25. 25. 4 Step Feedback Model 5-Sep-08 Ask Describe Behaviour Describe Impact Discuss next steps Ineffective: “Jason, pay attention.” Jason, you’ve got a problem.” More Effective: “Jason may I give you some feedback?” or “ Can I share something with you?” Key Words: “May I” Ineffective: “I’m tired of you ticking people off. I can’t cover for you any longer.” More Effective: “ Jason, when you roll your eyes in meetings when others talk; when you say ‘you guys don’t get it’; when you come late to meetings and leave in the middle?” Key Words: “…When you…” Ineffective: “How come you can’t get your reports to me on time lately?.” More Effective: “ Jason, when you roll your eyes and tell others they ‘don't get it”, here’s what happens. We loose good people. You lose opportunities you want, like that last move you didn’t get. I have to bail you out and have conversations like these” Key Words: “Here’s what happens…” Ineffective: “So what you need to do, Jason, is control your temper. That’s not too much to ask, is it?.” More Effective: “ What can you do about this? How can I help you? Any thoughts on how you can eliminate this minor issue” Key Words: “ What are you going to do about this?” or for positive feedback, “thank you – keep it up”
  26. 26. Summary <ul><li>Feedback is about future behaviour </li></ul><ul><li>It’s NOT about the past </li></ul><ul><li>If you want more of the same – affirm that </li></ul><ul><li>Don’t use adjustment feedback as punishment </li></ul><ul><li>Used regularly people will start ASKING for more! </li></ul>5-Sep-08
  27. 27. Documenting & Recording Critical Incidents
  28. 28. What is a critical incident? <ul><li>A critical incident is behaviour that is usually extreme (either good or bad) that needs to be recorded for legal reasons, for disciplinary measures, or for recognising exemplary actions above expectations </li></ul>5-Sep-08
  29. 29. Why keep records? <ul><li>Increases accuracy of the performance appraisal </li></ul><ul><li>It provides evidence to support ratings </li></ul><ul><li>It reduces bias that occurs by not rating only the most recent behaviour </li></ul>5-Sep-08
  30. 30. Examples of significant behaviour <ul><li>Customer called after hours with urgent need for a replacement fitting for an emergency situation. Employee personally delivered fitting </li></ul><ul><li>Made specific suggestion on process that resulted in $50,000 saving over 12 months </li></ul><ul><li>Angrily reacted to an incident in the finance department that intimidated other employees and made it more difficult to investigate what happened </li></ul>5-Sep-08
  31. 31. Common Review Errors Writing the Appraisal
  32. 32. Appraisal Form <ul><li>The employee rates themselves </li></ul><ul><li>Appraisal returned to you for your rating </li></ul><ul><li>Critical incident documentation will assist you in completing the form </li></ul><ul><li>Add comments to justify your ratings </li></ul>5-Sep-08
  33. 33. Common Errors <ul><li>Contrast Error </li></ul><ul><li>First Impression Error </li></ul><ul><li>Recency Effect </li></ul><ul><li>Halo Effect </li></ul>5-Sep-08
  34. 34. Common Errors <ul><li>Devil Effect </li></ul><ul><li>Similar-to-me effect </li></ul><ul><li>Central Tendency </li></ul><ul><li>Negative or Positive Leniency </li></ul>5-Sep-08
  35. 35. Reduce Error Ratings <ul><li>Ensure that the criteria being used are job related </li></ul><ul><li>Rate employees in relation to the job responsibilities </li></ul><ul><li>Put other people’s input into proper perspective </li></ul><ul><li>Consider all performance dimensions </li></ul><ul><li>Don’t rate people in any order </li></ul><ul><li>Do not compare rating of employees until all evaluations are complete </li></ul>5-Sep-08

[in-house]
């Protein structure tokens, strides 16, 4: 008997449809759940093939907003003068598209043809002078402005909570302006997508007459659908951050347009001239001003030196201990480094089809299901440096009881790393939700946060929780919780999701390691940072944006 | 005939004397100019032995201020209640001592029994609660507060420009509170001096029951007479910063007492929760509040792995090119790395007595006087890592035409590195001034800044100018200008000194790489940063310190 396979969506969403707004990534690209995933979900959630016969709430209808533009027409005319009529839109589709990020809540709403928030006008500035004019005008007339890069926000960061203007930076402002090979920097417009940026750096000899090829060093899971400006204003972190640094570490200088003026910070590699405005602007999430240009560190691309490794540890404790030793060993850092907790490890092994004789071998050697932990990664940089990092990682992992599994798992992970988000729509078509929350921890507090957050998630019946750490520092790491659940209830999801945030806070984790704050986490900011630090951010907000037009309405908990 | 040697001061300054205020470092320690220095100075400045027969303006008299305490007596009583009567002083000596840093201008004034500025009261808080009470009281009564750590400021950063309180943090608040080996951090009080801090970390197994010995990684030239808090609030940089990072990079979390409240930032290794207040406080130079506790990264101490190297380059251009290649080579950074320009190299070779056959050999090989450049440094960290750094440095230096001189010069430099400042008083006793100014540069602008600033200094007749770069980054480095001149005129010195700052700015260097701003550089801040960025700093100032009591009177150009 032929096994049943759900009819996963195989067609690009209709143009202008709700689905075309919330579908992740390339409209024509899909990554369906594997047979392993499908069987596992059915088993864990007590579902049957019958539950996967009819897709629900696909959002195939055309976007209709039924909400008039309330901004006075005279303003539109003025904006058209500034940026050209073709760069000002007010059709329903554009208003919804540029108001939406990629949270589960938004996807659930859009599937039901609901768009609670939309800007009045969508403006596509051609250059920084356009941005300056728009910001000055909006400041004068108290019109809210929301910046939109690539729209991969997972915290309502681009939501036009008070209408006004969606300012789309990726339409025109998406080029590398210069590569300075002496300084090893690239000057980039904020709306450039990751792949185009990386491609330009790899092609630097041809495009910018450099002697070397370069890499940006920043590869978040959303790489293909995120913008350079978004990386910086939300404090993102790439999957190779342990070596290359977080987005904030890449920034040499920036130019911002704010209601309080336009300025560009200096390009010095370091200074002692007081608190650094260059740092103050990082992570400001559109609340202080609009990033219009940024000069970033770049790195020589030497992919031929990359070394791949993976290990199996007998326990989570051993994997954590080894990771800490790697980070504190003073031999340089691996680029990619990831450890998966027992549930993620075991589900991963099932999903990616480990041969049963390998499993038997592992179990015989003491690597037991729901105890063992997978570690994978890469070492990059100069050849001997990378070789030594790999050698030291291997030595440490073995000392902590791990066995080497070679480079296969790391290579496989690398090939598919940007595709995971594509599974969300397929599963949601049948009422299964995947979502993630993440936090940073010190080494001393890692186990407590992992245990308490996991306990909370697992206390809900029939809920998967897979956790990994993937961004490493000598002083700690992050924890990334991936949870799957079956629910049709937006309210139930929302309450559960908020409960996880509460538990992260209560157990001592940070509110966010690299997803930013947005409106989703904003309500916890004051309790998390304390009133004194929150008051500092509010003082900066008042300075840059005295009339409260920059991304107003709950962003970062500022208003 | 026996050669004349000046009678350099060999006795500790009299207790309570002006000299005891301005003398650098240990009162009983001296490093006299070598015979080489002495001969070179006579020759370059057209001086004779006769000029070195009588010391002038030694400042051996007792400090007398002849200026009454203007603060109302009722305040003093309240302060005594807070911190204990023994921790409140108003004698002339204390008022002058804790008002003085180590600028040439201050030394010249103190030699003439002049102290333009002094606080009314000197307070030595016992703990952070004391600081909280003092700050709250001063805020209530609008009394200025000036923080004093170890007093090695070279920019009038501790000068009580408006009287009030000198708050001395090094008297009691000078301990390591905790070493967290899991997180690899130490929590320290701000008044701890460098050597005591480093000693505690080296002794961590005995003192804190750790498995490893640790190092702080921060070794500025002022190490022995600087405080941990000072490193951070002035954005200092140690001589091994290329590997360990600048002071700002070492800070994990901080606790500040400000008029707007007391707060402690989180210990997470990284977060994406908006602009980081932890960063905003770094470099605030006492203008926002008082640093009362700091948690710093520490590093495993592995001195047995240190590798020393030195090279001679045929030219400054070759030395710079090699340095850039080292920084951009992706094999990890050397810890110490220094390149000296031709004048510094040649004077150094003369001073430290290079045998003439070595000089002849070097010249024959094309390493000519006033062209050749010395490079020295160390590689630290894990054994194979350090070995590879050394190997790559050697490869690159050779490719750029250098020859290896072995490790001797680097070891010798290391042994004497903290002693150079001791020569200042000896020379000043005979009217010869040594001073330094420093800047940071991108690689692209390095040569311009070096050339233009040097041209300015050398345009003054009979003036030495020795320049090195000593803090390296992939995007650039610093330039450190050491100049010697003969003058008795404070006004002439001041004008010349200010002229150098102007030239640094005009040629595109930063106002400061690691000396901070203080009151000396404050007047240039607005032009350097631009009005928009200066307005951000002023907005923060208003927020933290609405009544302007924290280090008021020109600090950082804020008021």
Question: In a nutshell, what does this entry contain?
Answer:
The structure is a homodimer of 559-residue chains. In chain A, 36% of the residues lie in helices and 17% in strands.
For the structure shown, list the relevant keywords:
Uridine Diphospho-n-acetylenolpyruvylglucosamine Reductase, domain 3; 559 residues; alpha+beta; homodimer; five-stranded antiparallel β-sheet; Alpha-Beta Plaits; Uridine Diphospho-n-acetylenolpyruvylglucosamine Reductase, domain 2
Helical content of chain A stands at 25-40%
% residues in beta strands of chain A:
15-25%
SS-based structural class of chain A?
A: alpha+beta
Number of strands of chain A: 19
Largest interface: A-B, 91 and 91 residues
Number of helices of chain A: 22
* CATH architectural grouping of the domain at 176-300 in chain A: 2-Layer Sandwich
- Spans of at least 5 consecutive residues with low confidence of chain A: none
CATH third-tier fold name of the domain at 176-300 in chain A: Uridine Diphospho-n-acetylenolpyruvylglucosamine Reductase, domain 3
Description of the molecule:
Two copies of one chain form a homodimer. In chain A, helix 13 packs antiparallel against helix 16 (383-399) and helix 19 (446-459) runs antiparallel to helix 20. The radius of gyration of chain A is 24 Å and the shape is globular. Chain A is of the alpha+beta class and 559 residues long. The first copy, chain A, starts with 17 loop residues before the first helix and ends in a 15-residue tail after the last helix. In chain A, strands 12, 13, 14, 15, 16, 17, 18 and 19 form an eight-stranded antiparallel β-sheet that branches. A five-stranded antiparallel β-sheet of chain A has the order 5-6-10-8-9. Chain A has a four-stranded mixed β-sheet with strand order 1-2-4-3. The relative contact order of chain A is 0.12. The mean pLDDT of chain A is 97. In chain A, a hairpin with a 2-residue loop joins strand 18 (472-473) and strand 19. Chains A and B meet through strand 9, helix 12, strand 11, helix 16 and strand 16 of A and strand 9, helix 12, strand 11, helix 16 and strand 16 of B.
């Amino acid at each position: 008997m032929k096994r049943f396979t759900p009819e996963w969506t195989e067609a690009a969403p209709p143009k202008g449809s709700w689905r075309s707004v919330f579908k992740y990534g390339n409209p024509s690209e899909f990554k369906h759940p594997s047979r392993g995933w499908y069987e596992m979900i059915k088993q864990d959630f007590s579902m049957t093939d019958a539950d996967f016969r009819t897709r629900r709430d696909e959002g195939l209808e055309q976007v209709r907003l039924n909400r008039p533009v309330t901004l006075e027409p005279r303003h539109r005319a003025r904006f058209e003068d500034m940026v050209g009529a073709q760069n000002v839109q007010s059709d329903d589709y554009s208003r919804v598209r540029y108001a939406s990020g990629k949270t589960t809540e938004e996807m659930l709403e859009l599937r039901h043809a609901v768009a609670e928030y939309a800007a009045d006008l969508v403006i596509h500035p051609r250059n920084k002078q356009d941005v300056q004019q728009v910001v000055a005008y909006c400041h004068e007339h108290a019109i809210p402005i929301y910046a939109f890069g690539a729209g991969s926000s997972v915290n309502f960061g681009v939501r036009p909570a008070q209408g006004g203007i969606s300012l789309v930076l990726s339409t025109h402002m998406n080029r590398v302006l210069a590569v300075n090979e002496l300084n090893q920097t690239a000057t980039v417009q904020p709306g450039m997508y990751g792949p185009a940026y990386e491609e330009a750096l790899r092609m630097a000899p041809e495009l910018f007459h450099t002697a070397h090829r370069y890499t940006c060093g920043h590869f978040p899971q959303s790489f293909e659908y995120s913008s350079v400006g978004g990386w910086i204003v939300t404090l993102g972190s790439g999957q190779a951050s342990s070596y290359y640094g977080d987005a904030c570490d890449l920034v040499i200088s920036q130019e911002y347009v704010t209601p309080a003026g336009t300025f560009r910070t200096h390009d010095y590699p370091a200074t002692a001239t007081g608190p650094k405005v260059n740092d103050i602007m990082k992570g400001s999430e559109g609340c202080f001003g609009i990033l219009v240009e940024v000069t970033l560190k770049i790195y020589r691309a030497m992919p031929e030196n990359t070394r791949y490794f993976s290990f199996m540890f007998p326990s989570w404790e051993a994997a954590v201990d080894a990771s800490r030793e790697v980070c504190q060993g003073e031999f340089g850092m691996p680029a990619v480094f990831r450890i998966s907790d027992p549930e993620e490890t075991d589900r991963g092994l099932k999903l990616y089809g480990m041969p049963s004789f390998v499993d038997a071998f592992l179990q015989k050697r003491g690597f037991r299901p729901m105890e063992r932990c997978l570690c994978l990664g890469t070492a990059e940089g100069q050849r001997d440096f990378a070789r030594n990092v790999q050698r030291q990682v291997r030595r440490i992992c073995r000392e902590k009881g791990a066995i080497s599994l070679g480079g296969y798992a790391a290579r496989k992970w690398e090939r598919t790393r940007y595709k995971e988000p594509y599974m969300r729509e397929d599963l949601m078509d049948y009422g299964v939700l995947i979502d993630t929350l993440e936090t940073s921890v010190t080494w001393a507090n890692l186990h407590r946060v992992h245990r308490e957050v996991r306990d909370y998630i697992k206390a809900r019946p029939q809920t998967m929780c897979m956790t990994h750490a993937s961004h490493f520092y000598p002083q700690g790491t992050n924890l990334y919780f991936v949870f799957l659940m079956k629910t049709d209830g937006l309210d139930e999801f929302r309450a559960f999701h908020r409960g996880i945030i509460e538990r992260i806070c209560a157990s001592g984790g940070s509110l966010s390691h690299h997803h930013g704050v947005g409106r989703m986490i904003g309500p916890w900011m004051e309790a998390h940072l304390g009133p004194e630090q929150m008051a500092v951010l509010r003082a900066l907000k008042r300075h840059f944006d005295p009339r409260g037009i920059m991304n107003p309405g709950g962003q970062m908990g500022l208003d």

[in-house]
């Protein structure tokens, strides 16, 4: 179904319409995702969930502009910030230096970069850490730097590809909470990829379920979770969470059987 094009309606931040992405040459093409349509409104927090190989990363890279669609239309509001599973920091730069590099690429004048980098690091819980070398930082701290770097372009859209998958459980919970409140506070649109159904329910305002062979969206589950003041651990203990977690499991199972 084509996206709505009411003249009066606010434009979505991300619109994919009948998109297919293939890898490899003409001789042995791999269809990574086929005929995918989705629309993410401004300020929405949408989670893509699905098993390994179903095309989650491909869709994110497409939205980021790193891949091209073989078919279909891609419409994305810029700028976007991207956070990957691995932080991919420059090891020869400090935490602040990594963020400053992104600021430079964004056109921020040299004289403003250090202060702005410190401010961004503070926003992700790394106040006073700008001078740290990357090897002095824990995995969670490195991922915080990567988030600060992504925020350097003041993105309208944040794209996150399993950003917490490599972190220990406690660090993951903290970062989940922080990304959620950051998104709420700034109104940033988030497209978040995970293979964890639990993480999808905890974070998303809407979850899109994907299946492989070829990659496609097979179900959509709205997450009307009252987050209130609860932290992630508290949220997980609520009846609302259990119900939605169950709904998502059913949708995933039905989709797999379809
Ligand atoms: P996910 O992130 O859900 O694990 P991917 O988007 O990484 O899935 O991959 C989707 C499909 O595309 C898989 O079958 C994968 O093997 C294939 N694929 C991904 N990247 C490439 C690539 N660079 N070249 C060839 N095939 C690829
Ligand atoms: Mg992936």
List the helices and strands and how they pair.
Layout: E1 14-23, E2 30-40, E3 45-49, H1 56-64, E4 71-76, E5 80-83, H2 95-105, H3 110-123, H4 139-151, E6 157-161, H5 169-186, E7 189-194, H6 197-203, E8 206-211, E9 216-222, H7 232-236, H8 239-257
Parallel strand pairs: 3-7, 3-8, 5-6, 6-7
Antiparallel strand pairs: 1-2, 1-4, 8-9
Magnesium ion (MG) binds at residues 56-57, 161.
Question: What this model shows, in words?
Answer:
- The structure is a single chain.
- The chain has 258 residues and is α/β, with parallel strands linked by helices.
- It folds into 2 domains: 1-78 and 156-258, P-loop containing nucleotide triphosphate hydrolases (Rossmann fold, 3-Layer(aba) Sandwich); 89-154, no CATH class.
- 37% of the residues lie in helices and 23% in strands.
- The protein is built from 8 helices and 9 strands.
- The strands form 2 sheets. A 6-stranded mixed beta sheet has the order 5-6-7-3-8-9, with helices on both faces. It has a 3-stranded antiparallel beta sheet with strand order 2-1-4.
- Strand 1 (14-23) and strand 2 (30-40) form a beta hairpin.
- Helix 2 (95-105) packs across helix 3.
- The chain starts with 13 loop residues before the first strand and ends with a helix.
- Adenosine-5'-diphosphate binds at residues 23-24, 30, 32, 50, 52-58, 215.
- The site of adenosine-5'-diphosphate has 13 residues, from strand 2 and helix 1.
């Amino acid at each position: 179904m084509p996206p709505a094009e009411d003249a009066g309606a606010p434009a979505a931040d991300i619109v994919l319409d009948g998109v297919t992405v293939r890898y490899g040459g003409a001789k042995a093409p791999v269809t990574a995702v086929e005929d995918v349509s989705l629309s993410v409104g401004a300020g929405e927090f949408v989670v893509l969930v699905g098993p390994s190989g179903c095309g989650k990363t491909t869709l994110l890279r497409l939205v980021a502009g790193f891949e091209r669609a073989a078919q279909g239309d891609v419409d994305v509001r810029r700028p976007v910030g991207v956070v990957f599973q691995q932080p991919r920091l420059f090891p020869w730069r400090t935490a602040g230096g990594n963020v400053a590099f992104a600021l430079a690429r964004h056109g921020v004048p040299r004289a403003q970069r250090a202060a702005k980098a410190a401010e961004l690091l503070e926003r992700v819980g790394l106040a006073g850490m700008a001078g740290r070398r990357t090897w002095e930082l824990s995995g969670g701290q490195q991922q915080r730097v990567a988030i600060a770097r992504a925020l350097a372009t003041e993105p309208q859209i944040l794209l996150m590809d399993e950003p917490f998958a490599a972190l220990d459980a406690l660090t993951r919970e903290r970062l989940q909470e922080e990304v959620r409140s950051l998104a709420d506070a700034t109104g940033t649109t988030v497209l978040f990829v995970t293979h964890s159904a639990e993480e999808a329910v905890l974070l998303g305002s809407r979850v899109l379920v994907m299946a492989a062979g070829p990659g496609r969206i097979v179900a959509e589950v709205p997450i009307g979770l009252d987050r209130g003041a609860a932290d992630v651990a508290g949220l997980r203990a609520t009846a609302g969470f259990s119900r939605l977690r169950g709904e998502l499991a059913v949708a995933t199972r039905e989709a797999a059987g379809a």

36. 36. Legal Issues <ul><li>There is no substitute for proof </li></ul><ul><li>You must have evidence or records </li></ul><ul><li>Document all performance related discussions </li></ul>5-Sep-08
  37. 37. Points to Remember <ul><li>Keep copies of HR records even if the HR department also has these records </li></ul><ul><li>Maintain accurate performance data </li></ul><ul><li>Meet regularly with employees to provide feedback & information they need to perform well </li></ul><ul><li>No surprises </li></ul><ul><li>Document, document, document! </li></ul>5-Sep-08
  38. 38. How to talk performance Conducting the Review
  39. 39. Preparation <ul><li>Notify the employee </li></ul><ul><li>Assess the individual </li></ul><ul><li>Allow self appraisal </li></ul><ul><li>Plan the interview </li></ul><ul><li>Develop an action plan </li></ul>5-Sep-08
  40. 40. Communication <ul><li>Can be simply summarised as: </li></ul><ul><ul><li>Who : says what: in what way : to whom :with what effect </li></ul></ul>5-Sep-08 Adapted from Nutting, J. et al (1991) The business of communicating, McGraw Hill Book Company, Sydney Sender Receiver Feedback 1 2 3
  41. 41. Discussion <ul><li>Put employee at ease </li></ul><ul><li>Job responsibilities </li></ul><ul><li>KPI’s </li></ul><ul><li>Accomplishments </li></ul><ul><li>Improvement areas </li></ul><ul><li>Assessment of performance </li></ul>5-Sep-08
  42. 42. The Review <ul><li>No Surprises </li></ul><ul><li>A formal means to summarise the informal interaction </li></ul><ul><li>Focus on development </li></ul><ul><li>Talk about goals, expectations and resources </li></ul>5-Sep-08
  43. 44. Performance Review Video 5-Sep-08
  44. 45. Successful Review Tips <ul><li>Discuss actual performance data/significant behaviour </li></ul><ul><li>Compare data with responsibilities/goals </li></ul><ul><li>Rate performance </li></ul><ul><li>Maintain positive focus </li></ul><ul><li>Focus on solving problems not fault finding </li></ul>5-Sep-08
  45. 46. Successful Review Tips <ul><li>Solicit and use input from employees </li></ul><ul><li>Evaluate objectively </li></ul><ul><li>Provide recognition </li></ul><ul><li>Discuss specific actions for you and the employee to take </li></ul><ul><li>Express confidence </li></ul>5-Sep-08
  46. 47. Quiz Time 5-Sep-08
  47. 48. The Next Step <ul><li>Diarise the next review date </li></ul><ul><li>Set up training as needed </li></ul><ul><li>If an employee continues to perform poorly, make them aware of consequences </li></ul><ul><li>Provide positive feedback when you see improvements </li></ul>5-Sep-08
  48. 50. Certificates 5-Sep-08